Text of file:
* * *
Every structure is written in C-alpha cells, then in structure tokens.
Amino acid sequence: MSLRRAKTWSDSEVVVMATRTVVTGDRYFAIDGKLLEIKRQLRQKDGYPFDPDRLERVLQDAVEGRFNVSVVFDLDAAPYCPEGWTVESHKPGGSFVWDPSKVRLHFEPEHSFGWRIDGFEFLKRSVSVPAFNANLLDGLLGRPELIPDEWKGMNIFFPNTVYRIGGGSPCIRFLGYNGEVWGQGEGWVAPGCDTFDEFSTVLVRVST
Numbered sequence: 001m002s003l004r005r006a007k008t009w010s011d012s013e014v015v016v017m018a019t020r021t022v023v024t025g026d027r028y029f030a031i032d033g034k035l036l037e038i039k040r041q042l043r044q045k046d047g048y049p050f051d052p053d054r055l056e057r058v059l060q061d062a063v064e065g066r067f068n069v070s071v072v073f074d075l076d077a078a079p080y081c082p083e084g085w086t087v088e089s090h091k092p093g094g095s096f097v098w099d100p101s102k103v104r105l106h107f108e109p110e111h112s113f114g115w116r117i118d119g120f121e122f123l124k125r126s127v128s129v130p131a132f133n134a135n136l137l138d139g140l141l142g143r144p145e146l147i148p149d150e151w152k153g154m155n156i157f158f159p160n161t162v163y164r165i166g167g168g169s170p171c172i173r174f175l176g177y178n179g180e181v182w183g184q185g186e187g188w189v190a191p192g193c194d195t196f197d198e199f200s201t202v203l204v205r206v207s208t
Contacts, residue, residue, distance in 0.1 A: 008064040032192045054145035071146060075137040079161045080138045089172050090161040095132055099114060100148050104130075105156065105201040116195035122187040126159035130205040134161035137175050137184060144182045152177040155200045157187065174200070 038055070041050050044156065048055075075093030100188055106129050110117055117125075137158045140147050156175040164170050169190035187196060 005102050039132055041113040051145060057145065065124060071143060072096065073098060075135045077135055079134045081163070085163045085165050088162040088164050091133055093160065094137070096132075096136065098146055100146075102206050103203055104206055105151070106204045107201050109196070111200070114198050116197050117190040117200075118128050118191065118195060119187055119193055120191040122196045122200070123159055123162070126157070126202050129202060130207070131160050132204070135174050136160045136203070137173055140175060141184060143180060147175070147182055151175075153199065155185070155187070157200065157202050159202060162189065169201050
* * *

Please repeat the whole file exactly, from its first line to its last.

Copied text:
Every structure is written in C-alpha cells, then in structure tokens.
Amino acid sequence: MSLRRAKTWSDSEVVVMATRTVVTGDRYFAIDGKLLEIKRQLRQKDGYPFDPDRLERVLQDAVEGRFNVSVVFDLDAAPYCPEGWTVESHKPGGSFVWDPSKVRLHFEPEHSFGWRIDGFEFLKRSVSVPAFNANLLDGLLGRPELIPDEWKGMNIFFPNTVYRIGGGSPCIRFLGYNGEVWGQGEGWVAPGCDTFDEFSTVLVRVST
Numbered sequence: 001m002s003l004r005r006a007k008t009w010s011d012s013e014v015v016v017m018a019t020r021t022v023v024t025g026d027r028y029f030a031i032d033g034k035l036l037e038i039k040r041q042l043r044q045k046d047g048y049p050f051d052p053d054r055l056e057r058v059l060q061d062a063v064e065g066r067f068n069v070s071v072v073f074d075l076d077a078a079p080y081c082p083e084g085w086t087v088e089s090h091k092p093g094g095s096f097v098w099d100p101s102k103v104r105l106h107f108e109p110e111h112s113f114g115w116r117i118d119g120f121e122f123l124k125r126s127v128s129v130p131a132f133n134a135n136l137l138d139g140l141l142g143r144p145e146l147i148p149d150e151w152k153g154m155n156i157f158f159p160n161t162v163y164r165i166g167g168g169s170p171c172i173r174f175l176g177y178n179g180e181v182w183g184q185g186e187g188w189v190a191p192g193c194d195t196f197d198e199f200s201t202v203l204v205r206v207s208t
Contacts, residue, residue, distance in 0.1 A: 008064040032192045054145035071146060075137040079161045080138045089172050090161040095132055099114060100148050104130075105156065105201040116195035122187040126159035130205040134161035137175050137184060144182045152177040155200045157187065174200070 038055070041050050044156065048055075075093030100188055106129050110117055117125075137158045140147050156175040164170050169190035187196060 005102050039132055041113040051145060057145065065124060071143060072096065073098060075135045077135055079134045081163070085163045085165050088162040088164050091133055093160065094137070096132075096136065098146055100146075102206050103203055104206055105151070106204045107201050109196070111200070114198050116197050117190040117200075118128050118191065118195060119187055119193055120191040122196045122200070123159055123162070126157070126202050129202060130207070131160050132204070135174050136160045136203070137173055140175060141184060143180060147175070147182055151175075153199065155185070155187070157200065157202050159202060162189065169201050